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Tuesday
Nov272012

The Resurgence of the Department Store: Gamification and Beyond

Over the past year Kathleen Jordan, a principal in Gensler’s New York office and leader in the firm’s Retail practice, undertook an investigation into the future of the department store. Her premise was simple: for years she’s been hearing and reading about the upcoming death of the department store, but so far it hasn’t happened. To learn more, she spoke with industry leaders, visited successful examples around the world, and read a lot of articles. The result is a set of distinct advantages she sees for department stores in today’s business and retail climate, and a set of bold strategies to regain the competitive advantages these stores once held. This is the final installment in a six part blog series that conveys her findings.

NOTE: You can access a full white paper summarizing all her findings on Gensler's website.

Smart retailers are using customer input to their advantage, inviting the customer to influence the retailer’s product offering. But the smartest are moving a step beyond that to create or support platforms that put the customers in charge of the product creation or the actual transaction.

Hacking the “Customer Influencer Score” of your customer base

Social selling – evidenced by websites like shopmylabel.com and styleowner.com – leverages self-proclaimed “fashionistas” who then curate their own merchandise collections that they can share and sell to others through their personal social media networks. For example, approximately 80% of the products on both shopmylabel.com and styleowner.com are provided by Saks Fifth Avenue, driving their sales without hiring additional staff. These fashionistas-turned-virtual-boutique-managers are incentivized through the commissions on these sales. From Saks and Nordstrom to Amazon, retailers have embraced flash sale websites over the last year or so, FashionFix, HauteLook and MyHabit respectively, to join that burgeoning movement.

Think out of the box

Puma’s “creative factories” go another step even further and bring customers into the actual design and development process – “we [Puma] supply the materials and you supply the imagination.” Representing a seven-figure investment for Puma, it’s a prime example of “if you’re going to be a bear, be a grizzly” because they really go all the way with this gamification strategy. Customers create their own designs, share them via their social network, check out other people’s designs and vote for their favorites. The next level allows them to build their own boutiques depending on the popularity of the person’s design(s). Further gaming aspects can and will be added, such as design challenges.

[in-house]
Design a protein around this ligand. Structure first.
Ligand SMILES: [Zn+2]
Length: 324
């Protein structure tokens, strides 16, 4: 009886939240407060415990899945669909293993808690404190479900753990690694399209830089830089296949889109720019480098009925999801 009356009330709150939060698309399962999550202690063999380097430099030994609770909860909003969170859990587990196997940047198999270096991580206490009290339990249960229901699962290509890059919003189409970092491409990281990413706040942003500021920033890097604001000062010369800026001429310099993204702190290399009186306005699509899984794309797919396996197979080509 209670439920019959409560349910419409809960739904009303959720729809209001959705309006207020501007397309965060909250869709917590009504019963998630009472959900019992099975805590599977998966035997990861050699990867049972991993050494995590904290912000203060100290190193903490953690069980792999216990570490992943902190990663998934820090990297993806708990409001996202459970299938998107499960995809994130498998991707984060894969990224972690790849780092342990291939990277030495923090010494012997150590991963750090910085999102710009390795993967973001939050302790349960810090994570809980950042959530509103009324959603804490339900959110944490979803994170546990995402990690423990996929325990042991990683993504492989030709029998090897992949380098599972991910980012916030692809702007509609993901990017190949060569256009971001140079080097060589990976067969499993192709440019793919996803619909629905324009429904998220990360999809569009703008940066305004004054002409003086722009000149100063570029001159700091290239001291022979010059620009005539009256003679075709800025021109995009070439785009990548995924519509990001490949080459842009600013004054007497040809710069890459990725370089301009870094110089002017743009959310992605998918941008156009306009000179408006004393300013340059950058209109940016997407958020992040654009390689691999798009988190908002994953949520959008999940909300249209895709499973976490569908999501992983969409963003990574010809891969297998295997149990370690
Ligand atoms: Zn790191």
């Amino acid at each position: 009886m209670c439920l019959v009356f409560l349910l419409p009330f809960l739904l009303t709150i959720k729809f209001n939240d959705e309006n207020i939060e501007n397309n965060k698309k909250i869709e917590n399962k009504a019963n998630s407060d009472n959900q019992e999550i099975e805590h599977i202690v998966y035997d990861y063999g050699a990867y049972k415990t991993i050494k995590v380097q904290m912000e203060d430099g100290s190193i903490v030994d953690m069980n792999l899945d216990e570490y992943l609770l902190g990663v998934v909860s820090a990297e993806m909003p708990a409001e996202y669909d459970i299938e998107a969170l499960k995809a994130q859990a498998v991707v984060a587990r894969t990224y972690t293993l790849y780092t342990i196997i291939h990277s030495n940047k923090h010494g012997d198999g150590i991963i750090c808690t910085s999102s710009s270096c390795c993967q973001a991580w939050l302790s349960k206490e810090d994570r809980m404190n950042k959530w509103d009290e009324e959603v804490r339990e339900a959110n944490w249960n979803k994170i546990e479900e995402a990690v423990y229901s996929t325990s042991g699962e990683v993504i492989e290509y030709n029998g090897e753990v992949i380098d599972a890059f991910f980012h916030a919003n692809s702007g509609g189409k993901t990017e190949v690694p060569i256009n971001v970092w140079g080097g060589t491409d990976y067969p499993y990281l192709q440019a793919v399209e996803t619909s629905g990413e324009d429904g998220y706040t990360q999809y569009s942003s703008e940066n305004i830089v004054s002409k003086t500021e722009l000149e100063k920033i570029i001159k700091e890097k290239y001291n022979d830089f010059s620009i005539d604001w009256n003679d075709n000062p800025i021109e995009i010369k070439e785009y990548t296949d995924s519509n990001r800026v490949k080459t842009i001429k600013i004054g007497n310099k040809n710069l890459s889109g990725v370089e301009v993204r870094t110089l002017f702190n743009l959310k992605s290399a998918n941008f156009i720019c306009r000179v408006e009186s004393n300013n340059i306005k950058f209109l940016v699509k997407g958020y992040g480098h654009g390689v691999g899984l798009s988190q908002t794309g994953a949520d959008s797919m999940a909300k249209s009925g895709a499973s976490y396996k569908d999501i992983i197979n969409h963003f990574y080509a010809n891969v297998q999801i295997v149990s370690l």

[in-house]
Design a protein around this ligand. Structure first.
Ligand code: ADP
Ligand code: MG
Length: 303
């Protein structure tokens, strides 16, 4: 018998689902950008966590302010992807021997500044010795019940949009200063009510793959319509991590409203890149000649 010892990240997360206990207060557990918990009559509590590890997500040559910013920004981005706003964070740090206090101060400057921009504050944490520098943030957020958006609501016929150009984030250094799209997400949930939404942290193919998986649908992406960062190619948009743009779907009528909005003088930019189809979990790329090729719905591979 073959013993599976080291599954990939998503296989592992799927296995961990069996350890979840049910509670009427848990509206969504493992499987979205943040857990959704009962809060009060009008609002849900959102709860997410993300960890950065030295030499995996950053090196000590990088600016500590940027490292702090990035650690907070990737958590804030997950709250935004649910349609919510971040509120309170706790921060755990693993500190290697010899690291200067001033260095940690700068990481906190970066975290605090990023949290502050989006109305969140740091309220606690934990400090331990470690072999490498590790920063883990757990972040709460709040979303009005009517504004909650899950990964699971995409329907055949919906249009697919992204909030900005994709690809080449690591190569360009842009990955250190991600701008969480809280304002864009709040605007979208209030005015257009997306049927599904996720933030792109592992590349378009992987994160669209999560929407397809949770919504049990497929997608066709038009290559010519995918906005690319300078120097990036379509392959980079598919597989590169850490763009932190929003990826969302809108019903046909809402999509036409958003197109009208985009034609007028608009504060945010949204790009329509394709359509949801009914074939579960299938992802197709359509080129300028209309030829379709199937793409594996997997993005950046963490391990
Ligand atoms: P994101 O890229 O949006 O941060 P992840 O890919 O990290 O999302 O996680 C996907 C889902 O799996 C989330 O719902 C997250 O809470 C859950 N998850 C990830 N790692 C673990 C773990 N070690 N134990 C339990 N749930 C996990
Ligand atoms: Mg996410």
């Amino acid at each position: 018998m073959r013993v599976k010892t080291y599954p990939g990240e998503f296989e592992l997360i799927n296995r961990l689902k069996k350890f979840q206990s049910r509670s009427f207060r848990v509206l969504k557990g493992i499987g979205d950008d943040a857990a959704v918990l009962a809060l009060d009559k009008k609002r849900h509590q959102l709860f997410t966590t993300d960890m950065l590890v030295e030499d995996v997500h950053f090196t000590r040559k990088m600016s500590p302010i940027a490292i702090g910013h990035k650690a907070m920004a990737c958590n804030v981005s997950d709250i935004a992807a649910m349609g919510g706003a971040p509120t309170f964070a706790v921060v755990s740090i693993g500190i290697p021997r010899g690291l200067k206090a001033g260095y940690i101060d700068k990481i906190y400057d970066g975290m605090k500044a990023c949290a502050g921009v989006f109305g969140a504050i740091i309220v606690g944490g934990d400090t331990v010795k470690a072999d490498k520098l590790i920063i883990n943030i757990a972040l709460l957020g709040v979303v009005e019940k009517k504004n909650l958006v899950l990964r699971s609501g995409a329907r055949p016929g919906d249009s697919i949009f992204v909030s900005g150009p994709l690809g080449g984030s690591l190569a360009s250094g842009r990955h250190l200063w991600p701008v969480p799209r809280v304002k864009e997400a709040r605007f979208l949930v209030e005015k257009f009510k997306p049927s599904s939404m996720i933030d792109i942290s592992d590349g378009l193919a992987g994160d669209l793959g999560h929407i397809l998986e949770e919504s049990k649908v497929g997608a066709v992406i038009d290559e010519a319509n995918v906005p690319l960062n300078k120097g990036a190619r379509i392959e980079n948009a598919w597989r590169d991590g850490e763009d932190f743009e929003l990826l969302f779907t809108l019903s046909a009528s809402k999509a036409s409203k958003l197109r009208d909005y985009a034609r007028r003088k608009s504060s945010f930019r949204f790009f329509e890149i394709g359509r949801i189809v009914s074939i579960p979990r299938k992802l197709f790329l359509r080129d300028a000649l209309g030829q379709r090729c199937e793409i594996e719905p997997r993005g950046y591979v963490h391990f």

Translate the online possibilities to the physical environment

The opportunities for department stores to deliver differentiated products and experiences are plenty. The challenge is to think beyond the ordinary, to make the bold investment, and to gauge the results.

But it does not end there. The challenge remains that the retailer must innovate continually. Target has recognized this, as they have disbanded their successful “Go International” program to pursue “The Shops at Target” initiative. Making that push means daring to be great, and understanding that change must be constant.

Designing your store for the future

For retailers looking to innovate and create these new in-store experiences, it starts at the planning stage. Everything from store layout and design, to your approach on staff training and marketing, is on the table – be prepared to give these experiments a chance as you re-train your customers, then keep what’s working and cut what’s not delivering. As you look to the future, expressing these bold business decisions through the design and programming of your space is a visible and direct way to engage customers in the evolution of your company. Use the opportunity to promote your core brand values, gather customer input, and deliver the unmatched customer experience that can make department stores great. Then reinforce this through consistent messaging – and accessibility - on your website and through Apps.